You are here

Traveler's Gear Box: Weekend Warriors For Hauling Camp With You

Alternate Text

Backpacks are getting smaller, both out of recognition that aging Baby Boomers don'™t have the backs to carry all they once did, and that Millennials wouldn'™t think of carrying what their parents once did.

Osprey's Exos Line

Osprey Packs is constantly tweaking its line of backpacks to mesh with those realities in mind. Their Exos Superlight line is one good example of the transformation to smaller, lighter packs. Within this line come three packs'”the 38, 48, and 58'”that weigh in between 2 pounds, 3 ounces and 2 pounds, 12 ounces. (MSRP $159.95-$219.95)

These packs are streamlined, thanks to ample use of stretch mesh pocketing, have internal sleeves for your hydration system, and have a number of adjustments that can further reduce the weight based on your needs. The lid, for instance, can be removed if you don'™t need it. With that detached, a storm flap flips over the top to provide a weather-resistant roof with a compression-strap cinch for stability.

Also, the removable are straps will hold a sleeping pad, or other piece of gear, to the pack bottom. On the front of the pack you'™ll find four loops to tie off other pieces of gear.

Mesh pockets on either side come about half-way up the length of the pack, and then an integrated compression strapping system can be used to constrain items longer than the pockets.

For comfort'™s sake, Osprey employs a suspension system pairing a mesh backing for good air circulation and an EVA foam-padded harness. Small pockets on the shoulder straps can hold a GPS device or snack, while zippered pockets on the hip belt can hold slightly larger items.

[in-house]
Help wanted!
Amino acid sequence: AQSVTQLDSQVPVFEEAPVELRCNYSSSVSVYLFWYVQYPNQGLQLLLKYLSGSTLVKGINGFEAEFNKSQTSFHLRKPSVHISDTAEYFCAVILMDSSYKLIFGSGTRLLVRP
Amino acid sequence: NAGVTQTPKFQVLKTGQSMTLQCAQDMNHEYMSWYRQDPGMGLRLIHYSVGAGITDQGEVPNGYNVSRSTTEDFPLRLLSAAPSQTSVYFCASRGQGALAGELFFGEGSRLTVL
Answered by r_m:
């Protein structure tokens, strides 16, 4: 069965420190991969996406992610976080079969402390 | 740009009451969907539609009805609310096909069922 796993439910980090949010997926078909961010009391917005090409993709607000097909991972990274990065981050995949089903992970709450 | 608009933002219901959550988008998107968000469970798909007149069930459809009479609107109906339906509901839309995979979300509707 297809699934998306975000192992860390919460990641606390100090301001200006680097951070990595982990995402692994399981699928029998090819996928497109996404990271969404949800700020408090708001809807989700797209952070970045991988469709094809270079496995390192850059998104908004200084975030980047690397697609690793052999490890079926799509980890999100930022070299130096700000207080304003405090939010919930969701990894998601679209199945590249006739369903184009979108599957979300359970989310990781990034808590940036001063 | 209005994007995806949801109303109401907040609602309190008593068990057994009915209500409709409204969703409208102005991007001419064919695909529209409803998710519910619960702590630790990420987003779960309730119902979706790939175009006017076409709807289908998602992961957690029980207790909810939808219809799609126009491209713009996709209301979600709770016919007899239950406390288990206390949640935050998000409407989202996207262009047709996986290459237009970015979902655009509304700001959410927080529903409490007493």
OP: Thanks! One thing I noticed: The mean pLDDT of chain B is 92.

A bonus of this pack'™s smallish, stream-lined design is it forces you to think two or three times when you'™re packing it at home. Will you really need that heavy fleece jacket? While the pack includes an ice tool attachment, an integrated rain cover might be a more popular option. As it is, you need to purchase that separately. Still, if you'™re looking for a lightweight option to hit the trail, this is a good one.

Alternate Text

Mountainsmith'™s Mystic 65

This is either a big daypack, or a small backpack, but that makes sense, since Mountainsmith is marketing their new Mystic 65 ($219) pack as the perfect carrier for a 3-day journey. Big enough for what you need for just a quick weekend jaunt into the high country or desert country. So, we though we better try it out.

On a recent trip to one of Utah'™s sandstone canyons, we were able to stuff a light sleeping bag in the separate, bottom pocket, store rain pants and rain jacket in the top flap, and fill the main compartment with stove and fuel, food sack, and an extra layer of clothes. A tent was easily secured on top along with a sleeping pad, which was cinched down with the aforementioned detachable top pocket. By the way, we'™re big fans of detachable top flaps, for use as a quick pack once it'™s off. It'™ll easily fit rain gear, first aid kit, a few snacks, water bottle and map. Perfect.

On the main pack, there'™s also a pass-through front pocket panel, stash pockets on each side, and nice tool-mount webbing on the front to clip our canyoneering gear onto. The ICS (illiac crest shelf) hip belt is well-padded, as is the back, and it puts the load squarely on your hips, where you want it to be. And, the large breezeway keeps the back off the pack, to help keep you dry. It'™s the largest pack in their Mountainlight series, but still only weighs in at a touch over five pounds, but can carry up to 75 pounds.

It'™s super comfortable and looks well built, and durable, and we were happy to have a chance to try it out. For those trips when your small pack is too small, and the big one is too big, the Mystic 65 seems just right.

Add comment


This question is for testing whether or not you are a human visitor and to prevent automated spam submissions.

National Parks Traveler's Essential Park Guide